Predicting the course of a COVID-19 patient’s disease after hospital admission is essential to improving treatment.
In a new study, researchers analyzed patients’ levels of inflammation, known to be linked to the severity of illness, by looking at C-reactive protein (CRP) trends in 100 COVID-19 patients admitted to the hospital.
They found that a rapid rise in CRP levels during the first 48-to-72 hours of hospitalization was predictive of subsequent respiratory deterioration and intubation, while steadier CRP levels were observed in patients whose condition remained stable.
This means rapid changes in biomarkers of inflammation may be a key predictor of COVID-19 outcomes.
The research was conducted by a team at Brigham and Women’s Hospital.
Inflammation is a broad term that describes the release of chemicals involved in immune responses.
CRP tests integrate signals from a number of different proteins involved in inflammation, called cytokines, to provide physicians with a snapshot of a patient’s inflammatory activity within a matter of hours.
Other tests, like cytokine assays, can provide more specific information about which proteins may be active in inflammatory pathways, but these tests can take one to two days to process, and COVID-19 patients’ conditions can worsen before the results are received.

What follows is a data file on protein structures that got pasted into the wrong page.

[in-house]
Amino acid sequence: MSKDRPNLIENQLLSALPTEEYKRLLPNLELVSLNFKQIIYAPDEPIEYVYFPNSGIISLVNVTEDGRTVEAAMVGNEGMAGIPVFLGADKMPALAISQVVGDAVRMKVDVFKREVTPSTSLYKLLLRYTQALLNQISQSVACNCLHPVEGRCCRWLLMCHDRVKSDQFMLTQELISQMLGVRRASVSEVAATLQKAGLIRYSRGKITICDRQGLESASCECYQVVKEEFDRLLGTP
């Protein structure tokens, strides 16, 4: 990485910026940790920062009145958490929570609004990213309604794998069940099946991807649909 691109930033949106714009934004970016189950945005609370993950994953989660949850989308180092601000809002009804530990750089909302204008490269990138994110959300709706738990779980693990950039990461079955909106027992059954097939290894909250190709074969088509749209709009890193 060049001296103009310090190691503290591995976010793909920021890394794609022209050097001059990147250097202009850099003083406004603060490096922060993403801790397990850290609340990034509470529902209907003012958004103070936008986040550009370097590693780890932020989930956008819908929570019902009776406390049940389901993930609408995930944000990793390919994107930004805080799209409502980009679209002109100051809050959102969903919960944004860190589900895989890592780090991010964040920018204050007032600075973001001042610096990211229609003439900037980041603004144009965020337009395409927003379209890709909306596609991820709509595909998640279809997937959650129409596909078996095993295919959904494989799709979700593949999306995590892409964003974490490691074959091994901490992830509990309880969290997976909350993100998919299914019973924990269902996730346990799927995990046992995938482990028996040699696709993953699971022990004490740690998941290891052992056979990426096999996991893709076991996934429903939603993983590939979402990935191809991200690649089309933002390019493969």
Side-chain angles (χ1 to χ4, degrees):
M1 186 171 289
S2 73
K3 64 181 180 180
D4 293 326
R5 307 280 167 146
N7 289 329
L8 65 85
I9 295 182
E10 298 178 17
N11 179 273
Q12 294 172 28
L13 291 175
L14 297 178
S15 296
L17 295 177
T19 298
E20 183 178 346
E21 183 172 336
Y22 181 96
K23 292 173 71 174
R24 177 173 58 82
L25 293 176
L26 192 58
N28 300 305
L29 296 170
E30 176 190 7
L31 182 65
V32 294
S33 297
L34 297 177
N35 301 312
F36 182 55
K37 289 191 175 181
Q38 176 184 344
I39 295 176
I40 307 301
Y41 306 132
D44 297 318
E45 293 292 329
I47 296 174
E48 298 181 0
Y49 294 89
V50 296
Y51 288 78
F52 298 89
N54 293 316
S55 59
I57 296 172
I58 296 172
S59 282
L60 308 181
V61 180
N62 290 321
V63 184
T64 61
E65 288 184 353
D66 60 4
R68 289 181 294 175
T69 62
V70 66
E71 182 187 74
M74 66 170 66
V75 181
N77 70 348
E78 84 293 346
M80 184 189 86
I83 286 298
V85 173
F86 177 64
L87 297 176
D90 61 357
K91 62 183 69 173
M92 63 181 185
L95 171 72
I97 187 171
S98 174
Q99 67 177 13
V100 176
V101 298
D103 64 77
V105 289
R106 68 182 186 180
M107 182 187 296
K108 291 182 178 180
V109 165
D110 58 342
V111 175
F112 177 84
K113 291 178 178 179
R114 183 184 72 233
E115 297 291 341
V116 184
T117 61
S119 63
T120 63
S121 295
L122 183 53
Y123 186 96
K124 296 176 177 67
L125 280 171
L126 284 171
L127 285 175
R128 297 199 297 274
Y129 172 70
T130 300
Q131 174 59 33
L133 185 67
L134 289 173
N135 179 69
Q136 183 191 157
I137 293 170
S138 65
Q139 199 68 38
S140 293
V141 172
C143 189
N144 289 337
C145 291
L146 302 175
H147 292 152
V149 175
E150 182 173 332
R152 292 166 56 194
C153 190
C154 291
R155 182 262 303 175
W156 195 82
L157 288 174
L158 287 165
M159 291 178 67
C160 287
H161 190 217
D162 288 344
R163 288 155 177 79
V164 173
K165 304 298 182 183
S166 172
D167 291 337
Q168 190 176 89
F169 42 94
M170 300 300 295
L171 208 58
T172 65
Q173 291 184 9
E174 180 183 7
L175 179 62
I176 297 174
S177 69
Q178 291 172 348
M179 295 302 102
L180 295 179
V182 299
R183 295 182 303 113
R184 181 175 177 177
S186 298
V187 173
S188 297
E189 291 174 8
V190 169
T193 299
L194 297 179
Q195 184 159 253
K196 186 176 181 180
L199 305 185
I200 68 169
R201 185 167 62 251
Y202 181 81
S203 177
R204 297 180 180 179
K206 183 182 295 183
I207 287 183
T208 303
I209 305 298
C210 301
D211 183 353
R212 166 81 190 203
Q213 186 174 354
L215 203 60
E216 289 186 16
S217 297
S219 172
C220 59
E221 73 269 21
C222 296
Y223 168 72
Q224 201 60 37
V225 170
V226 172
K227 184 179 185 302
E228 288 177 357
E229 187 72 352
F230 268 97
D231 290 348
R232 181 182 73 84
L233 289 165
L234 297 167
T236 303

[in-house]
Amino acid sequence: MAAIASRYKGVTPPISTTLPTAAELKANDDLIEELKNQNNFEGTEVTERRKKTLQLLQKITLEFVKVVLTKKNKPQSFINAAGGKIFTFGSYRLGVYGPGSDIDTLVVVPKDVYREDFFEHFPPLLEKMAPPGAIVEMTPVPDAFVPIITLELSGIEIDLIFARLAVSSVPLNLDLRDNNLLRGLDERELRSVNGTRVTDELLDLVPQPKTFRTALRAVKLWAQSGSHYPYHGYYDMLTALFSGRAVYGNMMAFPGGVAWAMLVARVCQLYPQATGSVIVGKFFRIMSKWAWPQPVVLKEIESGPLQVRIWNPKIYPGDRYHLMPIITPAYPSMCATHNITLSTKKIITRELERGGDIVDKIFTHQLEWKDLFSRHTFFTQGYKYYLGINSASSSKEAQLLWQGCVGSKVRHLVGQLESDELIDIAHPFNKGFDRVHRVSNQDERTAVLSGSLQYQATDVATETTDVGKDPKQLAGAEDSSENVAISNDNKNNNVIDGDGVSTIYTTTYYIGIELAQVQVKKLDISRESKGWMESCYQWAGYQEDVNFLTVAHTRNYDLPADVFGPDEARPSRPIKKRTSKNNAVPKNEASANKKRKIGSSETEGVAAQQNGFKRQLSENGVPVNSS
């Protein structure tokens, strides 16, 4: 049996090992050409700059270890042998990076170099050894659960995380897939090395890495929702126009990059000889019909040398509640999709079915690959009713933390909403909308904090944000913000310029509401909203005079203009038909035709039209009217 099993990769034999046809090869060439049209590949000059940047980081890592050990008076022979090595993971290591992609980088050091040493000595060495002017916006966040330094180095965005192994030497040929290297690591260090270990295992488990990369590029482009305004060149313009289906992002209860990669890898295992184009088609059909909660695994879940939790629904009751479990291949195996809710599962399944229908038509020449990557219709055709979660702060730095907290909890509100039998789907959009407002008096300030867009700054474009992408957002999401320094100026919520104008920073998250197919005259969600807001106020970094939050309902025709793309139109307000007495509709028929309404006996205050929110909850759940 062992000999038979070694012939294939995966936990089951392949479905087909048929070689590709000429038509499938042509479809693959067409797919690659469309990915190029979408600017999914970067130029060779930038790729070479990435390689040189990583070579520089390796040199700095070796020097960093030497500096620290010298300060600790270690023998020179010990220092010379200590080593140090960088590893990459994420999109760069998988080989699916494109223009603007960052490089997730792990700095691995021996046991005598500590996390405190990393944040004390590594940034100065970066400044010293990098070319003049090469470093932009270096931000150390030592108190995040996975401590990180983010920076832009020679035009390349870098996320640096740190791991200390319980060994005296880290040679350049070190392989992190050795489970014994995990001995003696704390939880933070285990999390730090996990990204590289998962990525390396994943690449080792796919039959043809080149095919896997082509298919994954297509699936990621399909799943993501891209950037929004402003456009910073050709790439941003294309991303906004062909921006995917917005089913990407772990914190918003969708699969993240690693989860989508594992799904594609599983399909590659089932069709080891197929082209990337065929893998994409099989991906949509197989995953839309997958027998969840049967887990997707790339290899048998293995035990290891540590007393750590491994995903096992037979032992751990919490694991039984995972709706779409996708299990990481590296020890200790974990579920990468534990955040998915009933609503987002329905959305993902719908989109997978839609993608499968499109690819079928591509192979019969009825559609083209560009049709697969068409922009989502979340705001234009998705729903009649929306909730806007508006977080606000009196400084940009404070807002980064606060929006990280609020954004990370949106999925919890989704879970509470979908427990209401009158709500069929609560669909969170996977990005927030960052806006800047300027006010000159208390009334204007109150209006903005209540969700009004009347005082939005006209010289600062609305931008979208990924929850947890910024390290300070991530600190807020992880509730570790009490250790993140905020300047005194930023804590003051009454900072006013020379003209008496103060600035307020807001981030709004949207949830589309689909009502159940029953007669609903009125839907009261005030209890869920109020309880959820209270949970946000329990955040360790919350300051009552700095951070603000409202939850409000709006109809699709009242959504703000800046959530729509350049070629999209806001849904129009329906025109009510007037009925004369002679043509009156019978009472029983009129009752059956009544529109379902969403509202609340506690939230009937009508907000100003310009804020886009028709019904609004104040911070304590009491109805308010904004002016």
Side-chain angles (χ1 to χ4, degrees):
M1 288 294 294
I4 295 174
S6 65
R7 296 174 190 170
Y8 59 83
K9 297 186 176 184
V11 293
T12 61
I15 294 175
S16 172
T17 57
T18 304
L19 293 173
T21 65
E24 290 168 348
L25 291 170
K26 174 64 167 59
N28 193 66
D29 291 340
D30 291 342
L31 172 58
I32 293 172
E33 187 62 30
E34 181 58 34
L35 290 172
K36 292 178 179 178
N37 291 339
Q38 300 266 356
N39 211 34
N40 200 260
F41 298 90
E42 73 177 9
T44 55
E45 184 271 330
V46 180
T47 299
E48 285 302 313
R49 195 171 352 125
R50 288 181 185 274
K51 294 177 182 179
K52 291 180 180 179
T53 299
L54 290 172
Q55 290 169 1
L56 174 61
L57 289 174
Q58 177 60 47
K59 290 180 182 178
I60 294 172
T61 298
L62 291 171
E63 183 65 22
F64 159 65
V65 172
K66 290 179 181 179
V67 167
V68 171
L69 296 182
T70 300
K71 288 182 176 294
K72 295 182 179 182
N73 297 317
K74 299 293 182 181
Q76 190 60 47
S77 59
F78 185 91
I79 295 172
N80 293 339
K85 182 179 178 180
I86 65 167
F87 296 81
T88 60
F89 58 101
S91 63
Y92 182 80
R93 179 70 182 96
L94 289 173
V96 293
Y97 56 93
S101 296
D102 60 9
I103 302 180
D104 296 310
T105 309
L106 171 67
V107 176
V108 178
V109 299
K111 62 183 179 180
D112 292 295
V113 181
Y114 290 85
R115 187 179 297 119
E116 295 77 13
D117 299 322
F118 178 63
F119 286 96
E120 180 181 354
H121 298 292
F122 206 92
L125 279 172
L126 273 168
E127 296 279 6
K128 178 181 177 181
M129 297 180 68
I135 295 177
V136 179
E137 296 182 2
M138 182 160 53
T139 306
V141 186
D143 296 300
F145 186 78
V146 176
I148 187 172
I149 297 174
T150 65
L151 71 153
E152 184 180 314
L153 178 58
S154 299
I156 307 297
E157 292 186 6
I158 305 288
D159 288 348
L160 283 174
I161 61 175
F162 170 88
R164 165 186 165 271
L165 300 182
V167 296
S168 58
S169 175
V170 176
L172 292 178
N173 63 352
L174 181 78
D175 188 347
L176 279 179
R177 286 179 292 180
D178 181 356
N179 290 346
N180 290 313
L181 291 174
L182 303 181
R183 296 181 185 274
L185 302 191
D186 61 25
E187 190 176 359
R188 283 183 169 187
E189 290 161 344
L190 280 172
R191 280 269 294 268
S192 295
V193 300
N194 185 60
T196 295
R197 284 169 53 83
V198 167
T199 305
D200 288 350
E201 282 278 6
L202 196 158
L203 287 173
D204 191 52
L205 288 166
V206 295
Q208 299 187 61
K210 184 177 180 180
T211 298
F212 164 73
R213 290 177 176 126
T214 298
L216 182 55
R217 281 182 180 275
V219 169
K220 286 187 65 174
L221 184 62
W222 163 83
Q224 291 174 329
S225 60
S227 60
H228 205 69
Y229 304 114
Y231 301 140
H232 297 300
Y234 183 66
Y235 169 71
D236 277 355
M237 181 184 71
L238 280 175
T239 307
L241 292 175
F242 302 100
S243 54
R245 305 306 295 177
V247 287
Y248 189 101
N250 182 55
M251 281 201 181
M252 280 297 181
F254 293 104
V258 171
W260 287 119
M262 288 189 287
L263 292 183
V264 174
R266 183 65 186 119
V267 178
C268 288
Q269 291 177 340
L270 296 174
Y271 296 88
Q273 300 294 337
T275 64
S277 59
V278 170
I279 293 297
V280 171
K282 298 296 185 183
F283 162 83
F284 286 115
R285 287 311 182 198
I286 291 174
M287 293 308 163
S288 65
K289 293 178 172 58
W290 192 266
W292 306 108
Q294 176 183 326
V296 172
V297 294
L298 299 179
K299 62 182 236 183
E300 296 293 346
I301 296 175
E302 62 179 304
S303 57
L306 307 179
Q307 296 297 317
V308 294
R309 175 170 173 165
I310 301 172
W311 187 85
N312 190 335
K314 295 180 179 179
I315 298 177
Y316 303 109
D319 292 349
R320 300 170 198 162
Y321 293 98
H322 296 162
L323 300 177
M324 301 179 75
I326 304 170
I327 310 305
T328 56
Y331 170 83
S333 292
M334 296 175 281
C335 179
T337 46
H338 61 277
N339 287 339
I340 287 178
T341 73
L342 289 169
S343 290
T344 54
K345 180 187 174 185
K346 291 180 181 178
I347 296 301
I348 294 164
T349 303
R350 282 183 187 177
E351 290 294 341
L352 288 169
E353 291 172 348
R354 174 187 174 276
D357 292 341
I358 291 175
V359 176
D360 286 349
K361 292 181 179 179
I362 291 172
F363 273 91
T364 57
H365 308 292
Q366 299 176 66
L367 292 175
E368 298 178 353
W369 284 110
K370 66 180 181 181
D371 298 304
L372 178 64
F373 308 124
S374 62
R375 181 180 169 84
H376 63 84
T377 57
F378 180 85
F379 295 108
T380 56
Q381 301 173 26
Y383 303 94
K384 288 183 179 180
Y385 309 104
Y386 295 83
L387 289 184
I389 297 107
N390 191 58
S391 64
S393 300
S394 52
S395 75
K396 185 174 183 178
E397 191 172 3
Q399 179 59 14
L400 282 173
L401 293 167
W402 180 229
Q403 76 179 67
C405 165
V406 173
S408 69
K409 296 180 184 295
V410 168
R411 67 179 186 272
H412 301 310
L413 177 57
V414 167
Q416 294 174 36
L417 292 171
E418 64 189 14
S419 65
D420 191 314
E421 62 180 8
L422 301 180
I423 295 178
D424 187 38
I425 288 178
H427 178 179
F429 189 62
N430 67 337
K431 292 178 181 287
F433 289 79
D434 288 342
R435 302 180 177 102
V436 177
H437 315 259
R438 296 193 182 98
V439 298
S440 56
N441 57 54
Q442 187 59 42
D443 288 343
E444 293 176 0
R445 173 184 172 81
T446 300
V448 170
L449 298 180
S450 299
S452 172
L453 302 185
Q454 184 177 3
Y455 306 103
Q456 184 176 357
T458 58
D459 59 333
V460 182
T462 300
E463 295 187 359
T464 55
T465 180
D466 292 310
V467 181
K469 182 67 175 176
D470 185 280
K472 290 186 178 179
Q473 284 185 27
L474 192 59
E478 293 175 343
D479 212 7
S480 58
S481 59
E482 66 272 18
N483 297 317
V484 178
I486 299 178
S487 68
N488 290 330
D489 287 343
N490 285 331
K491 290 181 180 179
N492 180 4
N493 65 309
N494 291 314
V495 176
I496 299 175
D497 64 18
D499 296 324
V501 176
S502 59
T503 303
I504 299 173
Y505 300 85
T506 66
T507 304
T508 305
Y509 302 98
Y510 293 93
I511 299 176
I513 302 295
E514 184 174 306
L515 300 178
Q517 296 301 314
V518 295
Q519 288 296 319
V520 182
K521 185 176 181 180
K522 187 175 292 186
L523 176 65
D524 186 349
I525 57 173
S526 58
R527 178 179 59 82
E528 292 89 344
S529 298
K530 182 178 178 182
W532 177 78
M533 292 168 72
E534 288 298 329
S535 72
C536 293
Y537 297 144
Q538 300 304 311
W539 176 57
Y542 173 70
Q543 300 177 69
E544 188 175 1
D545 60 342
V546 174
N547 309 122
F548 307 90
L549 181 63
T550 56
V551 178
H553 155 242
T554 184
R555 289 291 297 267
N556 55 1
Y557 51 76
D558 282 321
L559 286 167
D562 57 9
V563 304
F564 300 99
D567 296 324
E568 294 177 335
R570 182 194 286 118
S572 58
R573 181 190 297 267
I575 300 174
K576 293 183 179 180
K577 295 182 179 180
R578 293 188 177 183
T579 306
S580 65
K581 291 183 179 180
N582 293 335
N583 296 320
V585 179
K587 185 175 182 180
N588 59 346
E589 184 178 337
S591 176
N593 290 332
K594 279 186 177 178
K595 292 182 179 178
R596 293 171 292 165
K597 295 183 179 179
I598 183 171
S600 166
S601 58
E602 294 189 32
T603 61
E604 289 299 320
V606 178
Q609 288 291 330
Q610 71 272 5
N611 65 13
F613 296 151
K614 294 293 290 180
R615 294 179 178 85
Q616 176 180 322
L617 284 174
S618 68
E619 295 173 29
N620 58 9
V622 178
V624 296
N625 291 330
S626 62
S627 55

CRP tests can therefore serve as practical addition to standard protocols for assessing the anticipated clinical trajectories of COVID-19 patients.
The results, from a study population of 100 Brigham patients, also provide insight into the underlying mechanisms at play in COVID-19 infections.
In particular, an increase in a cytokine called IL-6 during the first 24-48 hours was correlated to CRP levels and the progression of the disease.
Fifteen patients treated during this acute period with the drug tocilizumab, an IL-6 receptor, had rapid, sustained reductions in their CRP levels.
In larger, randomized trials, tocilizumab was not shown to provide benefits to COVID-19 patients, but Kim states that this could be because the drug was not administered early enough to the subset of patients who stand to benefit most.
Alternatively, while CRP is linked to IL-6, CRP can reflect other inflammatory pathways besides IL-6, so targeting other inflammatory cytokines or pathways besides IL-6 could be considered.
Ultimately, the team hopes that the findings will help front-line workers better understand the volatility of COVID-19 patients’ conditions.
One author of the study is Edy Yong Kim, MD, Ph.D., of the Division of Pulmonary and Critical Care Medicine at the Brigham.
The study is published in Cell Reports Medicine.
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